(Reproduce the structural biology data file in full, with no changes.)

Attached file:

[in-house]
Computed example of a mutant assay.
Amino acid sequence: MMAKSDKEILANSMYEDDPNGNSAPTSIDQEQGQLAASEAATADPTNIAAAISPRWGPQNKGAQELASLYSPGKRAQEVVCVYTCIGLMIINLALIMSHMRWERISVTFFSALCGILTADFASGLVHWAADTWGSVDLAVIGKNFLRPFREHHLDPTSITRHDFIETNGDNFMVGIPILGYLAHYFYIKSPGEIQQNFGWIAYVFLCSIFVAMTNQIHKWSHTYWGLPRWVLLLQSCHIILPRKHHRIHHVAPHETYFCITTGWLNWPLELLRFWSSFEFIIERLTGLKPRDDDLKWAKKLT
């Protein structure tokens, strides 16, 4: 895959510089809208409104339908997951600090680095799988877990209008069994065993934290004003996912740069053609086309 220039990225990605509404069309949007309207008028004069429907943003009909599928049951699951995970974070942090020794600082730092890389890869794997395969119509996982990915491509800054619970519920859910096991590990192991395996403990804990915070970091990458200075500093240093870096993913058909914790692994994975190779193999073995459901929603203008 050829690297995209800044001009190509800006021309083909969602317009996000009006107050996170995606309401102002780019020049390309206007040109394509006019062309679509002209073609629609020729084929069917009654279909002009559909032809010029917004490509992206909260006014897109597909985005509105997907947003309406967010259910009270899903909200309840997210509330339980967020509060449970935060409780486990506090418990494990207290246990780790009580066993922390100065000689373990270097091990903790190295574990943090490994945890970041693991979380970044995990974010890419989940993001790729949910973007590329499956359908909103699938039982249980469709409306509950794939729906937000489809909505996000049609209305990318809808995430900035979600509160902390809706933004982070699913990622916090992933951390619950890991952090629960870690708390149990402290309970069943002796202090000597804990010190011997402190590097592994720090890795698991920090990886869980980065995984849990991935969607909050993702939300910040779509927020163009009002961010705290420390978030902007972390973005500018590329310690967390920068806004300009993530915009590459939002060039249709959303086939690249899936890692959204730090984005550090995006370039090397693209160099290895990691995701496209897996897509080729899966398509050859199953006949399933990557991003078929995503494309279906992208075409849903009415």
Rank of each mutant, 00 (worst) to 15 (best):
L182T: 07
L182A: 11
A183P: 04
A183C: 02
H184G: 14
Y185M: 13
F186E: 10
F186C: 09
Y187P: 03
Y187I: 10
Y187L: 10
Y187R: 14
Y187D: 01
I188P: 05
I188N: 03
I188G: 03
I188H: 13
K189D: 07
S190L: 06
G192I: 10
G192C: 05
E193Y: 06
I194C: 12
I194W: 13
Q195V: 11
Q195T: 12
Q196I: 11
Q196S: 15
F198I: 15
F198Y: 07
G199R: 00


[in-house]
Computed example of a mutant assay.
Amino acid sequence: MMAKSDKEILANSMYEDDPNGNSAPTSIDQEQGQLAASEAATADPTNIAAAISPRWGPQNKGAQELASLYSPGKRAQEVVCVYTCIGLMIINLALIMSHMRWERISVTFFSALCGILTADFASGLVHWAADTWGSVDLAVIGKNFLRPFREHHLDPTSITRHDFIETNGDNFMVGIPILGYLAHYFYIKSPGEIQQNFGWIAYVFLCSIFVAMTNQIHKWSHTYWGLPRWVLLLQSCHIILPRKHHRIHHVAPHETYFCITTGWLNWPLELLRFWSSFEFIIERLTGLKPRDDDLKWAKKLT
């Protein structure tokens, strides 16, 4: 895959510089809208409104339908997951600090680095799988877990209008069994065993934290004003996912740069053609086309 220039990225990605509404069309949007309207008028004069429907943003009909599928049951699951995970974070942090020794600082730092890389890869794997395969119509996982990915491509800054619970519920859910096991590990192991395996403990804990915070970091990458200075500093240093870096993913058909914790692994994975190779193999073995459901929603203008 050829690297995209800044001009190509800006021309083909969602317009996000009006107050996170995606309401102002780019020049390309206007040109394509006019062309679509002209073609629609020729084929069917009654279909002009559909032809010029917004490509992206909260006014897109597909985005509105997907947003309406967010259910009270899903909200309840997210509330339980967020509060449970935060409780486990506090418990494990207290246990780790009580066993922390100065000689373990270097091990903790190295574990943090490994945890970041693991979380970044995990974010890419989940993001790729949910973007590329499956359908909103699938039982249980469709409306509950794939729906937000489809909505996000049609209305990318809808995430900035979600509160902390809706933004982070699913990622916090992933951390619950890991952090629960870690708390149990402290309970069943002796202090000597804990010190011997402190590097592994720090890795698991920090990886869980980065995984849990991935969607909050993702939300910040779509927020163009009002961010705290420390978030902007972390973005500018590329310690967390920068806004300009993530915009590459939002060039249709959303086939690249899936890692959204730090984005550090995006370039090397693209160099290895990691995701496209897996897509080729899966398509050859199953006949399933990557991003078929995503494309279906992208075409849903009415």
Rank of each mutant, 00 (worst) to 15 (best):
L182T: 07
L182A: 11
A183P: 04
A183C: 02
H184G: 14
Y185M: 13
F186E: 10
F186C: 09
Y187P: 03
Y187I: 10
Y187L: 10
Y187R: 14
Y187D: 01
I188P: 05
I188N: 03
I188G: 03
I188H: 13
K189D: 07
S190L: 06
G192I: 10
G192C: 05
E193Y: 06
I194C: 12
I194W: 13
Q195V: 11
Q195T: 12
Q196I: 11
Q196S: 15
F198I: 15
F198Y: 07
G199R: 00